- Wagner Group and other Private Military Contractors: Creation of a new industry, who and why; size and current structure; current operations; linkage to global industry; and prospects for future use – is this a permanent element of Russian force structure?
- Russian Disinformation Campaigns and Cyber Attacks: Purpose, goals, and links to military operations; level of sophistication; target audiences; organizations involved; and future prospects.
- Russian Intervention in Syria: Purpose and goals; forces involved; tactics and operations; and level of success.
- Russian Intervention in Ukraine: Purpose and goals; forces involved; tactics and operations; fusion of regular and irregular operations; and measuring level of success.
- Russian Military on the World Stage: Purpose and goals; countries involved; type and level of involvement; cooperation and coordination with China; and future prospects.
- Russian Military Exercises and Partner Militaries: Type, purpose, and scale of military exercises; training cycles; trends over time; motivation of partner militaries to participate.
- The Russian Military Budget: How much do they spend and where does it go? Market exchange rates v. purchasing power parity; drivers of the military budget; recent budget trends.
- The Russian Defense Industry: Restructuring after the Cold War; export markets and arms sales as a tool of Russian influence; current capabilities and challenges.
The first exercise will examine the future of air and maritime dynamics in the Arctic and consider implications for U.S. national security.
A capstone exercise at the end of the course will allow teams of participants to use their own expertise and the knowledge gained in the program to build their own version of the Russian military. Each team will develop a Russian military strategy and then specify inputs using a CSIS-developed budget tool consistent with that strategy to calculate a budget and personnel requirements for that strategy.
In addition to the exercises, the program will include a session with Congressional staff members to receive a perspective on Russian military actions and the U.S. response.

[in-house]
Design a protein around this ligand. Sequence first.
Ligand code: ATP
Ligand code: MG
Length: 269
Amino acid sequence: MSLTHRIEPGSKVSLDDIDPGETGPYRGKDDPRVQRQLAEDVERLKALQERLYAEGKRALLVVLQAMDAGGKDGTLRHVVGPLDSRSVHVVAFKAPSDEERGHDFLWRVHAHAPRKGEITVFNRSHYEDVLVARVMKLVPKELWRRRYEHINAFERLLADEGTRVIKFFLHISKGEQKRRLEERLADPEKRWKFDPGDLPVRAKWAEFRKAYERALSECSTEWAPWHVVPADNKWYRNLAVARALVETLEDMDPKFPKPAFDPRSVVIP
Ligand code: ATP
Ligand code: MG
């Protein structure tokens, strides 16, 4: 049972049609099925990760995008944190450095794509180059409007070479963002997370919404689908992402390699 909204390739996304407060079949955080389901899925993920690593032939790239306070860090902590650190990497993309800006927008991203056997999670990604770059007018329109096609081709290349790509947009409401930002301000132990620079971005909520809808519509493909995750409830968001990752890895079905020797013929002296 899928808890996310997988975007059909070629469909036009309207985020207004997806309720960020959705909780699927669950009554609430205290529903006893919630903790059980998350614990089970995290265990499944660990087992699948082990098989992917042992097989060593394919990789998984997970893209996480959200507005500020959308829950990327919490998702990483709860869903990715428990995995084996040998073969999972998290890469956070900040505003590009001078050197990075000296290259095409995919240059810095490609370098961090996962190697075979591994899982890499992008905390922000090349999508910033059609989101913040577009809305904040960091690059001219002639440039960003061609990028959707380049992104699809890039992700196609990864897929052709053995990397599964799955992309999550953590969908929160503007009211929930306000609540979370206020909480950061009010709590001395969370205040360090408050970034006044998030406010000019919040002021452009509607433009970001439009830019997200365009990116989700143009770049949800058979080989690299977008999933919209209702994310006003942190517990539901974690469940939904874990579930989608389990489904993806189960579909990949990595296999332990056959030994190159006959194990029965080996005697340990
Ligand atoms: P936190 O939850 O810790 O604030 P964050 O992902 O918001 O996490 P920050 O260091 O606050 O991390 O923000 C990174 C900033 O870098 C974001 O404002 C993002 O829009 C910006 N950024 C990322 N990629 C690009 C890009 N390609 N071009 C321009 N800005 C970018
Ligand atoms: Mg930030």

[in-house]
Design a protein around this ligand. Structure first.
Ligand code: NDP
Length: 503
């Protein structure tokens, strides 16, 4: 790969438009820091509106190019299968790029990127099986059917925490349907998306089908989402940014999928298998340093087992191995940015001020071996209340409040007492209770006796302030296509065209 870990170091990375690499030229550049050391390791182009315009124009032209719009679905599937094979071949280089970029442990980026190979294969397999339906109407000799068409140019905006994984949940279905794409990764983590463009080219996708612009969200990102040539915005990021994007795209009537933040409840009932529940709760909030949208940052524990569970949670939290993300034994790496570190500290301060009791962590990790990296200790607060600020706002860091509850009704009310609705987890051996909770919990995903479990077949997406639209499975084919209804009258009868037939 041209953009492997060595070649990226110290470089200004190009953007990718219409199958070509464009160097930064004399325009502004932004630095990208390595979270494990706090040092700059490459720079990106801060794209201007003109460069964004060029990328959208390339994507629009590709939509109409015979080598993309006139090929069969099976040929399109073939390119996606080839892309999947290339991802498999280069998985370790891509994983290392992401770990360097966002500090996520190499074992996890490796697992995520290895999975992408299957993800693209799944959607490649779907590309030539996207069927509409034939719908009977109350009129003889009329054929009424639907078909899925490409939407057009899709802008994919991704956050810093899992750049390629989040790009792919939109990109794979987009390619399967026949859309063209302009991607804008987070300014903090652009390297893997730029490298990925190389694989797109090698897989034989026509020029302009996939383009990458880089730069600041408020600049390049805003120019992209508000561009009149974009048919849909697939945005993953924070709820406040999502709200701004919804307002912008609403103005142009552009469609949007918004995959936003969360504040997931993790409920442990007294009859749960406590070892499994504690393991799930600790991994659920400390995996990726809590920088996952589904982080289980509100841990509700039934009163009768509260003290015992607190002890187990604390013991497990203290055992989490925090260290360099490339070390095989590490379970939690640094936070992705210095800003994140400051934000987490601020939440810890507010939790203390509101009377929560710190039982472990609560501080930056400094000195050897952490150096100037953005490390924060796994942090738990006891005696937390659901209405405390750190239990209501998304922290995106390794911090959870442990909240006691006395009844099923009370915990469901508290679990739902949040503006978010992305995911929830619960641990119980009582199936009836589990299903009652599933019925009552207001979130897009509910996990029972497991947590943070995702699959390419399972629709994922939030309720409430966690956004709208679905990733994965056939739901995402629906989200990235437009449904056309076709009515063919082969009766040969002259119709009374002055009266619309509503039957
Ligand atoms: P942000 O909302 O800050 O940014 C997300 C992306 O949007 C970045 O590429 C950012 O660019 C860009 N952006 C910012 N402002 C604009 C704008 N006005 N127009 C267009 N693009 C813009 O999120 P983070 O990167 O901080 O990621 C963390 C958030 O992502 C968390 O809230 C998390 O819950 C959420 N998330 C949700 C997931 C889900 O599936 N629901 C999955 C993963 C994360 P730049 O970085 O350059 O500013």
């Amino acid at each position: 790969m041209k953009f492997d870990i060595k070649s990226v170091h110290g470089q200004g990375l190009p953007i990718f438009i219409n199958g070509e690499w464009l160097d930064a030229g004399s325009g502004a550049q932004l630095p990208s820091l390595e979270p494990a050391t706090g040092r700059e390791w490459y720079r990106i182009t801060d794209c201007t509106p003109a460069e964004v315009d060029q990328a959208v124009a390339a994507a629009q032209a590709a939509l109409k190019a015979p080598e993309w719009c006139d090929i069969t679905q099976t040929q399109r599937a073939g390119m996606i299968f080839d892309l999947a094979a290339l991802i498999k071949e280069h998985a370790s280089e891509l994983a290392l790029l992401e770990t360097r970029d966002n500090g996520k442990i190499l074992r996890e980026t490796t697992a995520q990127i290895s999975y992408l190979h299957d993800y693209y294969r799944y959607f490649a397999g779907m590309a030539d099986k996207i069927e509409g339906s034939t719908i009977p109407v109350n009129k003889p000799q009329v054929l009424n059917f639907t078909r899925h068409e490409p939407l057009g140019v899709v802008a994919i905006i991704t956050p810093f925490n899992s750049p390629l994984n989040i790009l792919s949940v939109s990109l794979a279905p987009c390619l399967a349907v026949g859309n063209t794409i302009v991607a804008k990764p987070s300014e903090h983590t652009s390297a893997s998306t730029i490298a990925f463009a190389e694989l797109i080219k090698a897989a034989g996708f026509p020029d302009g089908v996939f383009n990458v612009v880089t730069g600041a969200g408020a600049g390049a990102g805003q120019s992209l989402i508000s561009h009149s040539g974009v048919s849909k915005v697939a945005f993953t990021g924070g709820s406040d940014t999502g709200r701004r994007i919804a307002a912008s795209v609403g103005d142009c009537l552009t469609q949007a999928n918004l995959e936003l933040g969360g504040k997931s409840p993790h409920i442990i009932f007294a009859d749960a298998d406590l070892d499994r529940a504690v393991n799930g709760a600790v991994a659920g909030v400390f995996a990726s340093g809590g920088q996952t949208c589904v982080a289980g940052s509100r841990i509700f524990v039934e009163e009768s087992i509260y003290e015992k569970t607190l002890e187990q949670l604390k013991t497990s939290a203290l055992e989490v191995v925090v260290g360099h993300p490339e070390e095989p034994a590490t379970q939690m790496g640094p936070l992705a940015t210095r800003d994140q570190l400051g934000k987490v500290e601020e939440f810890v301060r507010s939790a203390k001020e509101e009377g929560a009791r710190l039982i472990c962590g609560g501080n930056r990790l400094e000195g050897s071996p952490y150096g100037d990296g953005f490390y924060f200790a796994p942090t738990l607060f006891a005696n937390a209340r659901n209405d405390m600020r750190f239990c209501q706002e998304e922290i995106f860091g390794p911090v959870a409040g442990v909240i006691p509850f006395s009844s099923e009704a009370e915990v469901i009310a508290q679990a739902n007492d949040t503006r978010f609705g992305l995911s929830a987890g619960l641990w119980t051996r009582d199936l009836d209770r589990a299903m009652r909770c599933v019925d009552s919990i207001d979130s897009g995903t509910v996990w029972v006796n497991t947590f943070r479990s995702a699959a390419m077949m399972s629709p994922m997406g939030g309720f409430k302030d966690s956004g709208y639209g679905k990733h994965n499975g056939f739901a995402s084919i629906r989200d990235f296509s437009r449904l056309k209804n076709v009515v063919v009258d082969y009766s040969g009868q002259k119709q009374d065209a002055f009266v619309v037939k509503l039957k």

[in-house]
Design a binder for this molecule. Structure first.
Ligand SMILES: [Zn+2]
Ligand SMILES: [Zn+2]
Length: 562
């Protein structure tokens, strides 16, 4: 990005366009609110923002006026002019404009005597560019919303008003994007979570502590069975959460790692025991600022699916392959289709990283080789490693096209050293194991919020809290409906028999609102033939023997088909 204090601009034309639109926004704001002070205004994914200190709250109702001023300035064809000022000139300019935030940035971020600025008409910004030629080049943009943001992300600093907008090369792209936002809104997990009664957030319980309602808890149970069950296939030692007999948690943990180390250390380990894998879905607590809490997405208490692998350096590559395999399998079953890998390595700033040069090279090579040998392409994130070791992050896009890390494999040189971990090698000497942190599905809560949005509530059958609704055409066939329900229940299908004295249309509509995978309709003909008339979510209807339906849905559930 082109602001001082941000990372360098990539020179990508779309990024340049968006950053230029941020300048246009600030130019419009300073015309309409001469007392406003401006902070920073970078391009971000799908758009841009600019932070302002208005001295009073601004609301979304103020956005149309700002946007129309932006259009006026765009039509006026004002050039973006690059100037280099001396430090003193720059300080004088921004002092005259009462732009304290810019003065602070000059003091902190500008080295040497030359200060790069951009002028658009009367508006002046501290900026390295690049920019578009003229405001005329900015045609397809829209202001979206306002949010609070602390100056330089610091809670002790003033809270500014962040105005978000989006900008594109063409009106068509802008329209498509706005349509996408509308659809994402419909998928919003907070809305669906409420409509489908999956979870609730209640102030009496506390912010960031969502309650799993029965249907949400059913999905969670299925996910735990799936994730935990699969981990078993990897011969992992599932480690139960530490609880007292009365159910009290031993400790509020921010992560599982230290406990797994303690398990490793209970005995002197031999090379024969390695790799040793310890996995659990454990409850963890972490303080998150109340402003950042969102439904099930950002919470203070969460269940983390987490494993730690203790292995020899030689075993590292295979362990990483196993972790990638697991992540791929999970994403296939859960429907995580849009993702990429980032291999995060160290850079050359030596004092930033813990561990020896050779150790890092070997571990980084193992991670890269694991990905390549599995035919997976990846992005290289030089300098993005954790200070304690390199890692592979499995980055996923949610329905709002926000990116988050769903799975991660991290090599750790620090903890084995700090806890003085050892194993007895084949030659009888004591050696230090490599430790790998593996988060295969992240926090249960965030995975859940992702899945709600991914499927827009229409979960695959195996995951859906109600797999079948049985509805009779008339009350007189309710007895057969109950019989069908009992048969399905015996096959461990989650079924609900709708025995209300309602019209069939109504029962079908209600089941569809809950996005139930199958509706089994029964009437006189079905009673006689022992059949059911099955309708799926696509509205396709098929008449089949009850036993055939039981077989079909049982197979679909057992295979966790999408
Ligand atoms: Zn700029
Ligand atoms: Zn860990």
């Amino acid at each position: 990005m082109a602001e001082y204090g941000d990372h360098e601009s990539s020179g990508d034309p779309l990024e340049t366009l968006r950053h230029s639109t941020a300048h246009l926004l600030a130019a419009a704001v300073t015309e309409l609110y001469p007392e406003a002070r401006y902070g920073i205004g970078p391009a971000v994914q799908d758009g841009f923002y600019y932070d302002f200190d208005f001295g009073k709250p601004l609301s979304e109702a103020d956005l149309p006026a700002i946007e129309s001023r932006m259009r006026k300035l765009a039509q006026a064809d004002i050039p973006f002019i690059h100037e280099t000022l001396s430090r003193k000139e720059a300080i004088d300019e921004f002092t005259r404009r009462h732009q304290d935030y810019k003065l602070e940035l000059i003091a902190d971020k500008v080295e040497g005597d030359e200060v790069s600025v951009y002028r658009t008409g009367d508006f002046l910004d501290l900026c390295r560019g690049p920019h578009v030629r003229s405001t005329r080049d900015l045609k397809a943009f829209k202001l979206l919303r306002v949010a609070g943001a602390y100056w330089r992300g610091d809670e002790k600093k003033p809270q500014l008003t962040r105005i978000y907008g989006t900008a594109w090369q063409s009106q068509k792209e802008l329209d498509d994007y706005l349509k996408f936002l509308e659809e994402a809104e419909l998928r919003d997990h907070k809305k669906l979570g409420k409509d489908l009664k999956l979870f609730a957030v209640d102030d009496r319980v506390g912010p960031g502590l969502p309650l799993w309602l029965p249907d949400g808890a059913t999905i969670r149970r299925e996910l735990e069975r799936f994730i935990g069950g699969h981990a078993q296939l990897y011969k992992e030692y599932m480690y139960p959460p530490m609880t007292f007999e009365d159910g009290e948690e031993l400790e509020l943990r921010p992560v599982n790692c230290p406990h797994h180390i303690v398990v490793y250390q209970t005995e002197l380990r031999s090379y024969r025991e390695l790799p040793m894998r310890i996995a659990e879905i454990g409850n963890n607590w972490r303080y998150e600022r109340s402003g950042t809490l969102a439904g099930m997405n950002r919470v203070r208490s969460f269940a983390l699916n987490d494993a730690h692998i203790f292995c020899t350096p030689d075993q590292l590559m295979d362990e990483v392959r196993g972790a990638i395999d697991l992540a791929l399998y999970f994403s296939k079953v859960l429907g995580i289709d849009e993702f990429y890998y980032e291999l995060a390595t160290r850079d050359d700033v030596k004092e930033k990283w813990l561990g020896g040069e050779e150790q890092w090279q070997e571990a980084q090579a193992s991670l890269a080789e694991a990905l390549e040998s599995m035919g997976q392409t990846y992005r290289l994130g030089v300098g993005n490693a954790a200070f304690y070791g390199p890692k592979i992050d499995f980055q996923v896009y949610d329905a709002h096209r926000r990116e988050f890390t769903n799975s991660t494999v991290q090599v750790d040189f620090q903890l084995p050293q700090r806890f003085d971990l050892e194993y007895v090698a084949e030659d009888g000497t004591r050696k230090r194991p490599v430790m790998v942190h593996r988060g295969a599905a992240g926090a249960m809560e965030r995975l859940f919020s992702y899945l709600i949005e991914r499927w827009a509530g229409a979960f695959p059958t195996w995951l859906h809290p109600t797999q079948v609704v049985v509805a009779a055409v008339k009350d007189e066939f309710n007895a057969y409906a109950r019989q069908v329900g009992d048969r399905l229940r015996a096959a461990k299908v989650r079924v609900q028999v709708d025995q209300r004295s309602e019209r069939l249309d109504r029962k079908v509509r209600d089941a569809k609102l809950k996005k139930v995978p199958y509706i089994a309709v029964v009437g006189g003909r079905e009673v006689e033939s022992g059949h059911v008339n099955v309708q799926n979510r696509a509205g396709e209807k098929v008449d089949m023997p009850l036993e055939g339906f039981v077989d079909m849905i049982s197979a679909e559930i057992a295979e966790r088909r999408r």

After completing the week-long curriculum, participants will be required to write a short paper (5-7 pages) on a topic of their choosing. CSIS experts will lay out parameters and help participants refine their topics during the program. A selection of these papers will then be published in a volume on the CSIS website and will contribute to on-going discussions about the Russian military.
Applicants must be a current employee of the U.S. Department of Defense, or currently affiliated with an academic institution or think tank. Applicants should have demonstrated familiarity researching or working on Russia-related issues, but do not need to be Russian military experts or have Russian language skills.
How to Apply
To apply, please submit a resume or CV and a brief statement of interest (one page or less) to Roksana Gabidullina, Program Manager for the Russia and Eurasia Program, at RGabidullina@csis.org. The statement of interest should include a short description (one paragraph) of the proposed research topic on the Russian military that the participant intends to write about as part of this program.
For more information, please contact Roksana Gabidullina, Program Manager for the Russia and Eurasia Program, at RGabidullina@csis.org.